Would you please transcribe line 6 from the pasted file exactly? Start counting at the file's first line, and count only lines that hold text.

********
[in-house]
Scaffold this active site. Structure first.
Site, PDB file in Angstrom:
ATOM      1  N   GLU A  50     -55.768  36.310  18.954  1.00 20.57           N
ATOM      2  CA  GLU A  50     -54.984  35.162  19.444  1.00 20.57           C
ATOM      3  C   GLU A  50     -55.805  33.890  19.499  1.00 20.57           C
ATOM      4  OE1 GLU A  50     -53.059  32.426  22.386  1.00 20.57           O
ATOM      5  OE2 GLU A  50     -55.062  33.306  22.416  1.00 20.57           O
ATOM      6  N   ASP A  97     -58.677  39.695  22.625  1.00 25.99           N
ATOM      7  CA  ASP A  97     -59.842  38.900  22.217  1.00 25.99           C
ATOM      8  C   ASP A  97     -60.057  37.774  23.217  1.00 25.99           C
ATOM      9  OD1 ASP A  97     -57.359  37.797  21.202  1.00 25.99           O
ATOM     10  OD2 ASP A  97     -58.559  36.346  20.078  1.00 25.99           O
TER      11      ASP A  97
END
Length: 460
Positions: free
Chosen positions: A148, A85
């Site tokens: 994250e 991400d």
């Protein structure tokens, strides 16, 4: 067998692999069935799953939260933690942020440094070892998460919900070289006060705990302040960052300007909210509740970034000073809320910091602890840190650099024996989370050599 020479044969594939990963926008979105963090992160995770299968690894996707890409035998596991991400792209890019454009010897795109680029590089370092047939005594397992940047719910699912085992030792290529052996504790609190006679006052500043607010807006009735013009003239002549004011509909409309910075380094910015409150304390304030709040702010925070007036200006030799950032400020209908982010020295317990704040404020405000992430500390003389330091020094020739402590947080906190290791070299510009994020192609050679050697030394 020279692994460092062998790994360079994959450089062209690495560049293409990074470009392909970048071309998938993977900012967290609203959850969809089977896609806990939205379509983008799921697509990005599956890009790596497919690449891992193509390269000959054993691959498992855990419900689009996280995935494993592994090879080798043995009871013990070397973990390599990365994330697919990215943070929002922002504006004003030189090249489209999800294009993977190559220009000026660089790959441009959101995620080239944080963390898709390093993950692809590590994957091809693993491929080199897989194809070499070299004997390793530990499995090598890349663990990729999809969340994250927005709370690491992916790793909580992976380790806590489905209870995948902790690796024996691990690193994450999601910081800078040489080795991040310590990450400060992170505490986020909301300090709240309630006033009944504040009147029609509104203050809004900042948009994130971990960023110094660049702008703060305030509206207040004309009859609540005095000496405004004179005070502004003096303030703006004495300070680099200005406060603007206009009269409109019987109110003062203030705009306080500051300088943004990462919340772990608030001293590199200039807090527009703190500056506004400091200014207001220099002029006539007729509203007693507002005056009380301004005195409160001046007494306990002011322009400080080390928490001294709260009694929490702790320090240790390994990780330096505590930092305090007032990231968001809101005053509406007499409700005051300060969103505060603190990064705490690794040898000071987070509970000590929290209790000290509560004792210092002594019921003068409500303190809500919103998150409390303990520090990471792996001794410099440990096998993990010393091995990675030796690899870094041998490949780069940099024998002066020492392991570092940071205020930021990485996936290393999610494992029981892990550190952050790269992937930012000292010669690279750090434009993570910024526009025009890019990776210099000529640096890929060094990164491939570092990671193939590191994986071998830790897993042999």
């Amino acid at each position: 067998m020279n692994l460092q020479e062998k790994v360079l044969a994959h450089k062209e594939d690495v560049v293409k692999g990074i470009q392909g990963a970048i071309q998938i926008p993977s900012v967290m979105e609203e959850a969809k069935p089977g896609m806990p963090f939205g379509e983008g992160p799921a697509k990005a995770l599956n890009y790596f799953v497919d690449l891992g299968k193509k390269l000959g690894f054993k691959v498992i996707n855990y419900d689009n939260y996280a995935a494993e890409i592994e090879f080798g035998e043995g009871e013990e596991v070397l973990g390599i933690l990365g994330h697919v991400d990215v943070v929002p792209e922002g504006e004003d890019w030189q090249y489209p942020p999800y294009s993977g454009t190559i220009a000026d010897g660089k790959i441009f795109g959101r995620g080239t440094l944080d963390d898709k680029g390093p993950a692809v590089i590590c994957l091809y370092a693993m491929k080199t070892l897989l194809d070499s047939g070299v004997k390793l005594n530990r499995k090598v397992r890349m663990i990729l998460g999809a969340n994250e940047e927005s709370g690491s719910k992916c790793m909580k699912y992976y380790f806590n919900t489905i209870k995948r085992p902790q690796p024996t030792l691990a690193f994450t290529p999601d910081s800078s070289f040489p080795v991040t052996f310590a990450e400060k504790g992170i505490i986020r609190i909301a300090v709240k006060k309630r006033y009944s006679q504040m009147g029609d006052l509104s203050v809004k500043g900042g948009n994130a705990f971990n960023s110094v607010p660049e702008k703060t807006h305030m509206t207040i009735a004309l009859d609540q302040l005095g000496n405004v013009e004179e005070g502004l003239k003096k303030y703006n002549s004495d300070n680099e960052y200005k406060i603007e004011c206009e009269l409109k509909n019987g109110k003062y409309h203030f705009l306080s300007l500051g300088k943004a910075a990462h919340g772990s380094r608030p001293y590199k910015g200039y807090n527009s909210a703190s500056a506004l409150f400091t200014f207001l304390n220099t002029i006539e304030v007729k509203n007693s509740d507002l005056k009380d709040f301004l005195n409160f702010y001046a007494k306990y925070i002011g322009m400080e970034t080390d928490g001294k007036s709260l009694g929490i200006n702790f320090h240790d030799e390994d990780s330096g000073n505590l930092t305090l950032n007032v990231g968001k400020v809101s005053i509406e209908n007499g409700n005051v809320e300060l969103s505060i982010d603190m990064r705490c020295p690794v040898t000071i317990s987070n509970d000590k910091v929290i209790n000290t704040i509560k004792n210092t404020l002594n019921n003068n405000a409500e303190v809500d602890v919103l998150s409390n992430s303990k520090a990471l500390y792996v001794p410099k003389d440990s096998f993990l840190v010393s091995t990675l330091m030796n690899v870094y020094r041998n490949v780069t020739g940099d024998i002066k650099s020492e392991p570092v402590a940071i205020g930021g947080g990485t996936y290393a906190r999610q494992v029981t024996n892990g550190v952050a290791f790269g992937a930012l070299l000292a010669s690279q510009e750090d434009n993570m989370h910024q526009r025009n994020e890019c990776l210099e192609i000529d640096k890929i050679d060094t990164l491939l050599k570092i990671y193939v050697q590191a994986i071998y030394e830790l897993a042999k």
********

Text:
ATOM      3  C   GLU A  50     -55.805  33.890  19.499  1.00 20.57           C